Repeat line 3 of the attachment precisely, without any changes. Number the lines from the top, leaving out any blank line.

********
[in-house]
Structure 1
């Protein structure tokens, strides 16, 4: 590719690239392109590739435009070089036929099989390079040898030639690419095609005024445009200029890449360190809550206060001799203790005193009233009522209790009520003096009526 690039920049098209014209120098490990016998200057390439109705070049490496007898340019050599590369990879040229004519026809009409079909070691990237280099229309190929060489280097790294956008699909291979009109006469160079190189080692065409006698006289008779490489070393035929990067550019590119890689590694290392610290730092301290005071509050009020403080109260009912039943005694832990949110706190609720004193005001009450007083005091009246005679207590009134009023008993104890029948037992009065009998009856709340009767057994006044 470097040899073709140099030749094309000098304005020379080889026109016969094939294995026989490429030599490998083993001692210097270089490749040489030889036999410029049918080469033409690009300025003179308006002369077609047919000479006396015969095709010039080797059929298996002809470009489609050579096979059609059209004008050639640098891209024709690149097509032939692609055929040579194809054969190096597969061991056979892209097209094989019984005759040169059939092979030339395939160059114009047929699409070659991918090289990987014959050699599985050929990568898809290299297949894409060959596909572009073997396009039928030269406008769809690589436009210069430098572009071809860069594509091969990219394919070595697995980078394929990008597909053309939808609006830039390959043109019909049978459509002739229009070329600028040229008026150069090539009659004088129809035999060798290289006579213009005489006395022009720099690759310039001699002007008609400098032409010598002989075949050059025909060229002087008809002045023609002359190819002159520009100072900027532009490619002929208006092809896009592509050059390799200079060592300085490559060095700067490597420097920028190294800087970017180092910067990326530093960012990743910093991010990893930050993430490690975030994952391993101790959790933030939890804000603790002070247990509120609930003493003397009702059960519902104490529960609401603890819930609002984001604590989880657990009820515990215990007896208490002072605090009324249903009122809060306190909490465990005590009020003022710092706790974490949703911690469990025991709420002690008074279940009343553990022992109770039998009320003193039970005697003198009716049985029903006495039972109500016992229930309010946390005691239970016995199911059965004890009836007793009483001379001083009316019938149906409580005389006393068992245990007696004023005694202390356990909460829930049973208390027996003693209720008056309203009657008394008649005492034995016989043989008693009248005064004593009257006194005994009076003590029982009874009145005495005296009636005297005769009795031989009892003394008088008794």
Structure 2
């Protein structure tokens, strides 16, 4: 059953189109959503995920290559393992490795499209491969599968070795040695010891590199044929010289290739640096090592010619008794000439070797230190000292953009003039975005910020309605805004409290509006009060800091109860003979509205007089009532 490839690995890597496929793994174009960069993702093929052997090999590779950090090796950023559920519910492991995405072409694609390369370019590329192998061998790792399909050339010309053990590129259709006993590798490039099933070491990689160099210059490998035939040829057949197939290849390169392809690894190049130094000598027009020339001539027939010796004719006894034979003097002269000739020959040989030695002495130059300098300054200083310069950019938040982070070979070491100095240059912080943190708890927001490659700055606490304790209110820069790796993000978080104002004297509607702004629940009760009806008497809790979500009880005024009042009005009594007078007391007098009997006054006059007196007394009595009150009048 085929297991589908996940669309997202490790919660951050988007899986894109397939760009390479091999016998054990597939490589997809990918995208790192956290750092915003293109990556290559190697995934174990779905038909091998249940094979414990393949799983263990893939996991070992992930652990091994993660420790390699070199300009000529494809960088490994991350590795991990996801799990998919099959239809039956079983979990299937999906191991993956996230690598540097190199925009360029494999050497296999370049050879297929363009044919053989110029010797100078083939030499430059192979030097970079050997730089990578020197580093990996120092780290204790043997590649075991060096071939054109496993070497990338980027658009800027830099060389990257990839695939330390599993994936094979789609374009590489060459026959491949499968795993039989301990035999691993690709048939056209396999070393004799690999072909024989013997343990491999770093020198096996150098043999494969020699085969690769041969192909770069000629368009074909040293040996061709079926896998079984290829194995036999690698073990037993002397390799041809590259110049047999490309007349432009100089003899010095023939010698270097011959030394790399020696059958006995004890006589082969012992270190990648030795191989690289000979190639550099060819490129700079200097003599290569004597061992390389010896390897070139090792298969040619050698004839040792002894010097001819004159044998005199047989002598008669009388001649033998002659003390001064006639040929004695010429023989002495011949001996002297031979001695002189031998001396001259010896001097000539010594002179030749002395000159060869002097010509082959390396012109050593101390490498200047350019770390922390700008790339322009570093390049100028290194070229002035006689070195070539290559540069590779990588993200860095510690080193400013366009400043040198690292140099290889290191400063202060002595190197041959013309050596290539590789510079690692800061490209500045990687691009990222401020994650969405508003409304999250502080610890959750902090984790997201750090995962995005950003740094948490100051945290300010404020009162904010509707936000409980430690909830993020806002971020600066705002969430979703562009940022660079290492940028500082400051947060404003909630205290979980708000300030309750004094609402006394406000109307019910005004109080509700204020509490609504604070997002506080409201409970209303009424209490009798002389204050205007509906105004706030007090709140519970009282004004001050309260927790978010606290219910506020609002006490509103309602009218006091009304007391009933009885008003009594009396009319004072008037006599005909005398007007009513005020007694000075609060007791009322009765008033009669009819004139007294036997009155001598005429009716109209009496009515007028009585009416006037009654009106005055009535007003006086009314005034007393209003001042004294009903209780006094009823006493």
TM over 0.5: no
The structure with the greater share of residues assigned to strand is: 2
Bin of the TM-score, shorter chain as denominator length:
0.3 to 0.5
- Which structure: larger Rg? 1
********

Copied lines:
């Protein structure tokens, strides 16, 4: 590719690239392109590739435009070089036929099989390079040898030639690419095609005024445009200029890449360190809550206060001799203790005193009233009522209790009520003096009526 690039920049098209014209120098490990016998200057390439109705070049490496007898340019050599590369990879040229004519026809009409079909070691990237280099229309190929060489280097790294956008699909291979009109006469160079190189080692065409006698006289008779490489070393035929990067550019590119890689590694290392610290730092301290005071509050009020403080109260009912039943005694832990949110706190609720004193005001009450007083005091009246005679207590009134009023008993104890029948037992009065009998009856709340009767057994006044 470097040899073709140099030749094309000098304005020379080889026109016969094939294995026989490429030599490998083993001692210097270089490749040489030889036999410029049918080469033409690009300025003179308006002369077609047919000479006396015969095709010039080797059929298996002809470009489609050579096979059609059209004008050639640098891209024709690149097509032939692609055929040579194809054969190096597969061991056979892209097209094989019984005759040169059939092979030339395939160059114009047929699409070659991918090289990987014959050699599985050929990568898809290299297949894409060959596909572009073997396009039928030269406008769809690589436009210069430098572009071809860069594509091969990219394919070595697995980078394929990008597909053309939808609006830039390959043109019909049978459509002739229009070329600028040229008026150069090539009659004088129809035999060798290289006579213009005489006395022009720099690759310039001699002007008609400098032409010598002989075949050059025909060229002087008809002045023609002359190819002159520009100072900027532009490619002929208006092809896009592509050059390799200079060592300085490559060095700067490597420097920028190294800087970017180092910067990326530093960012990743910093991010990893930050993430490690975030994952391993101790959790933030939890804000603790002070247990509120609930003493003397009702059960519902104490529960609401603890819930609002984001604590989880657990009820515990215990007896208490002072605090009324249903009122809060306190909490465990005590009020003022710092706790974490949703911690469990025991709420002690008074279940009343553990022992109770039998009320003193039970005697003198009716049985029903006495039972109500016992229930309010946390005691239970016995199911059965004890009836007793009483001379001083009316019938149906409580005389006393068992245990007696004023005694202390356990909460829930049973208390027996003693209720008056309203009657008394008649005492034995016989043989008693009248005064004593009257006194005994009076003590029982009874009145005495005296009636005297005769009795031989009892003394008088008794």